Interesting exchange: BC lays out some classic amoral (not immoral) economic reasoning to which kevin objects, with a comment where the word “seems” is doing a lot of work.

The people in the article are basically saying that they already paid for this. If there is a shortfall, they are banking on OPM. That’s a different argument, an intergenerational argument.

If the insurance were explicit, say a one pound per month surcharge to cover against the risk of falling, well now we’re getting somewhere.

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13 Ilya December 29, 2016 at 4:40 am

According to the article, without the payment, there is still an option to call an ambulance.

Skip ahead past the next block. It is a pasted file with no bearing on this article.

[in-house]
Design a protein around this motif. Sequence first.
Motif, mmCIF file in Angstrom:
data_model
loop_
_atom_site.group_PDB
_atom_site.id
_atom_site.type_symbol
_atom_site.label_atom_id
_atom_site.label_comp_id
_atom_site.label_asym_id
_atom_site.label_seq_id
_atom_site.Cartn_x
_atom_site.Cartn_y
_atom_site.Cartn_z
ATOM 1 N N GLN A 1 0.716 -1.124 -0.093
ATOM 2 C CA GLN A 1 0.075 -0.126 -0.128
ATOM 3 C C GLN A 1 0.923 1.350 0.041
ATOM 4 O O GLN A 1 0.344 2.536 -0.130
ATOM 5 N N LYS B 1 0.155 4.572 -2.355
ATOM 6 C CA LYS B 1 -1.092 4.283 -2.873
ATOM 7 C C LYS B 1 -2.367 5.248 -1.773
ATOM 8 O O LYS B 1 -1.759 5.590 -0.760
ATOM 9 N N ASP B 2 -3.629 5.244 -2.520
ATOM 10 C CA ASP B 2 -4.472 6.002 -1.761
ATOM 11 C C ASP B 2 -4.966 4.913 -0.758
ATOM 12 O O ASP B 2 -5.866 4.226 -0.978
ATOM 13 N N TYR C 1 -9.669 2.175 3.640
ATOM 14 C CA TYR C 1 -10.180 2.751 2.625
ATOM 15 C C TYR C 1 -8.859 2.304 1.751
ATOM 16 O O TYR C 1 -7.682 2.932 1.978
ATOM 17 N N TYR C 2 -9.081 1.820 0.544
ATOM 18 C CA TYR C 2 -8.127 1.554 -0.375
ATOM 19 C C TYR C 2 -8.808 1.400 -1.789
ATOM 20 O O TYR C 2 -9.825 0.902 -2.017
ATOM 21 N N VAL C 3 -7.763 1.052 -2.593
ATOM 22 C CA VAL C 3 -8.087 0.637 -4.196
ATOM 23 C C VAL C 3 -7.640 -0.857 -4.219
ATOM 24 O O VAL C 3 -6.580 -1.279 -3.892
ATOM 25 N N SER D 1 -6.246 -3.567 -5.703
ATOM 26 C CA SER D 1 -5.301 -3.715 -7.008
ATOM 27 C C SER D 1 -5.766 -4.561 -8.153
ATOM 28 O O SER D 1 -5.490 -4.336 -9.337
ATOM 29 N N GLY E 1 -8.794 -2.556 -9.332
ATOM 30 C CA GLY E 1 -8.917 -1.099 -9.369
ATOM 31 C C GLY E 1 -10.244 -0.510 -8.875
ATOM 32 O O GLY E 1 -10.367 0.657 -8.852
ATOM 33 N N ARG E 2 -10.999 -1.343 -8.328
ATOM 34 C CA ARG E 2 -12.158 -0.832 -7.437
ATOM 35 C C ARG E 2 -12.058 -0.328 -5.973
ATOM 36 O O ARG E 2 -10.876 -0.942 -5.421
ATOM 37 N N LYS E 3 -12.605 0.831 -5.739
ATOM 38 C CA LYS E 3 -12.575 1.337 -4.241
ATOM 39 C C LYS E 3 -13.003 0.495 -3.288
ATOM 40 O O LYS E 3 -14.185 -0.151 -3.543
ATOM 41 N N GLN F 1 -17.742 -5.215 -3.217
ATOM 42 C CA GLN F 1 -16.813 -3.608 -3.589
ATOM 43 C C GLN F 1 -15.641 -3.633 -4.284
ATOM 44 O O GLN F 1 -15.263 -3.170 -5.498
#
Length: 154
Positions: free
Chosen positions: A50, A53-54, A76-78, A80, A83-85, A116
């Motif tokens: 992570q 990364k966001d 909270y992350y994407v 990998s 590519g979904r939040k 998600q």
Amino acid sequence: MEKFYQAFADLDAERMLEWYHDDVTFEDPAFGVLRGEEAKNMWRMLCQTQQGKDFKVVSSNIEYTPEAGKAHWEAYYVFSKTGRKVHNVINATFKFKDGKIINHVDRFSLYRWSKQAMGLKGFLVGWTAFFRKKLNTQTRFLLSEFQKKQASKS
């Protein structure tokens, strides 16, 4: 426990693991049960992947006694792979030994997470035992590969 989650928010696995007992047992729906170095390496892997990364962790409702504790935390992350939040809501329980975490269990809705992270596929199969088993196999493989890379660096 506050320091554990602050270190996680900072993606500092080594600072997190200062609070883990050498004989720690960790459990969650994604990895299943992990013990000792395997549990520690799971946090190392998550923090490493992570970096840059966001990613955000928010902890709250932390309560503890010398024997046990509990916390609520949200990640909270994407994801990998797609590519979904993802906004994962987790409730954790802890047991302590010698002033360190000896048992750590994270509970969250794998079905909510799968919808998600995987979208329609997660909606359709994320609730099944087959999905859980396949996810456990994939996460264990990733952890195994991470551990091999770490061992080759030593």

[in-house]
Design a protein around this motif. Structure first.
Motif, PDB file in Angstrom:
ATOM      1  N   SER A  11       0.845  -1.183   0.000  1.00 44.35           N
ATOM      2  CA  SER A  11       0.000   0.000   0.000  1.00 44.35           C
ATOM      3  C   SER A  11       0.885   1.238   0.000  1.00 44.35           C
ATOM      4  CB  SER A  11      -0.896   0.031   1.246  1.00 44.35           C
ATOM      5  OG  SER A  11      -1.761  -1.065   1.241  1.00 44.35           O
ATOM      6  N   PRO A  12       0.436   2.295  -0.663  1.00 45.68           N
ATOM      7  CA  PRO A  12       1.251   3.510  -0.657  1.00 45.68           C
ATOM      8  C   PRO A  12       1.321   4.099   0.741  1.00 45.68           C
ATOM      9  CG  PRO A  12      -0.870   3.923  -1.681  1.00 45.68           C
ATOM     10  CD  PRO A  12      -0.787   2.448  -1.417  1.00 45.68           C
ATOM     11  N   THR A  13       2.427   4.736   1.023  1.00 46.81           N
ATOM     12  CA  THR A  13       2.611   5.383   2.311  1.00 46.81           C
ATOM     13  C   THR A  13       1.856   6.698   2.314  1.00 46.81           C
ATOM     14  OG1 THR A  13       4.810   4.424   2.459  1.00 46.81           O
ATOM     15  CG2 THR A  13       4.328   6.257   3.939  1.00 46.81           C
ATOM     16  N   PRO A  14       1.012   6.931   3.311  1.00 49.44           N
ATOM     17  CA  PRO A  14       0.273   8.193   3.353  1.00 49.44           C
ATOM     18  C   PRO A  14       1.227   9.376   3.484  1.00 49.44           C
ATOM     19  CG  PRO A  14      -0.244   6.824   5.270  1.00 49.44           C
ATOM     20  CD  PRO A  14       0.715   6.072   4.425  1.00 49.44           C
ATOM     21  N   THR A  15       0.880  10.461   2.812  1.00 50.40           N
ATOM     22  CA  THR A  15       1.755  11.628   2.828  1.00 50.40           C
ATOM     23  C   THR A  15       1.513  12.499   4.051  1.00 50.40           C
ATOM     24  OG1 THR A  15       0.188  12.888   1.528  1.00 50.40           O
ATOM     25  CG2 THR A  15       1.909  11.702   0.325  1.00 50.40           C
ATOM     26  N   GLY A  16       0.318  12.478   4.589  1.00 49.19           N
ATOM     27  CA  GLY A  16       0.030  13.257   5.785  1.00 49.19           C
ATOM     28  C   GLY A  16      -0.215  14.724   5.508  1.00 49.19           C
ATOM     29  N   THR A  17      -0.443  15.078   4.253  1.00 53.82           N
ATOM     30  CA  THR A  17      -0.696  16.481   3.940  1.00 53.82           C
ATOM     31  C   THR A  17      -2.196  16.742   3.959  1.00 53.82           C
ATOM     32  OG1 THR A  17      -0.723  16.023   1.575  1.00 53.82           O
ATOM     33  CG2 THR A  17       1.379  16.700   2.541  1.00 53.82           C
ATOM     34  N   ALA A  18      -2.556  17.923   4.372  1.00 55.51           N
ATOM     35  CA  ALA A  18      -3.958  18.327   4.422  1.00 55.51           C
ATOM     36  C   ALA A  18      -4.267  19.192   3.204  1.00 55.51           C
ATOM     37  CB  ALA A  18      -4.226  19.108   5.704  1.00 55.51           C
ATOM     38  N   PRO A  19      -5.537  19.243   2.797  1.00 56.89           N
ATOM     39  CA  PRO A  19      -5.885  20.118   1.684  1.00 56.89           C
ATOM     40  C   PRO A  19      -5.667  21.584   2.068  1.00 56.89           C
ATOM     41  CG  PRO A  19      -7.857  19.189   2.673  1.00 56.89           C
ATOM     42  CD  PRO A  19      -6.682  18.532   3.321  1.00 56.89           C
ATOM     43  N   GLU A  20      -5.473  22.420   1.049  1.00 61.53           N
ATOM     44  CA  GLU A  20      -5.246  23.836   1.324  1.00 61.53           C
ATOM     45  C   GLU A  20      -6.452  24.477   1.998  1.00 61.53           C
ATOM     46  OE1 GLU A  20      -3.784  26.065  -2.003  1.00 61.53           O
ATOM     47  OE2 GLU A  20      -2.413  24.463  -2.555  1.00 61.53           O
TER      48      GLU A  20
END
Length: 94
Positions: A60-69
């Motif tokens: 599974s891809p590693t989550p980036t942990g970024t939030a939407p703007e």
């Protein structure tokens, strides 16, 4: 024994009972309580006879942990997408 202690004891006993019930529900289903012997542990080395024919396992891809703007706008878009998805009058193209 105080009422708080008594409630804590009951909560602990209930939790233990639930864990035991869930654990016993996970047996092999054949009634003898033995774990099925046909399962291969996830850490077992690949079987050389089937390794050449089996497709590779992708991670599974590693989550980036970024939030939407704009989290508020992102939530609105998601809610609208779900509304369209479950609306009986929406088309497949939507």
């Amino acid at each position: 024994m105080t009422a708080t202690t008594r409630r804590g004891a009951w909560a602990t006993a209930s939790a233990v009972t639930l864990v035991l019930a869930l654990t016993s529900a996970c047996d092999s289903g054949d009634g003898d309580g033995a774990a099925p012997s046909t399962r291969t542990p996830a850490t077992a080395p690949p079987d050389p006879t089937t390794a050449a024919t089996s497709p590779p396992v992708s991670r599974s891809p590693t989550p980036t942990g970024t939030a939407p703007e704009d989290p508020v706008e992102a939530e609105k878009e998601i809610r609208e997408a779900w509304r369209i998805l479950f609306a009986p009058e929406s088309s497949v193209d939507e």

Who pays in that case?

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14 dearieme December 29, 2016 at 5:10 am

The NHS i.e. the taxpayers.

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15 TMC December 29, 2016 at 9:16 am

So the NHS should be offering the service just to cut down on the more expensive ambulance trips.

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16 Dzhaughn December 29, 2016 at 1:08 pm

If there was in fact evidence that it is cost effective. The visit isn’t free, they may not reduce the number of ambulance trip, they may reduce cost but harm the patient (who really should go to the hospital).

Of course, some people will fall just to get a visit; but a 3 fall per year limit might make sense: any elderly adult who needs help getting up from falls that often needs a change of venue or lifestyle.

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17 Thiago Ribeiro December 29, 2016 at 5:41 am

If I pay for their being picked, can I go there taunt them before they are back on their feet?

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18 Thor December 29, 2016 at 10:34 am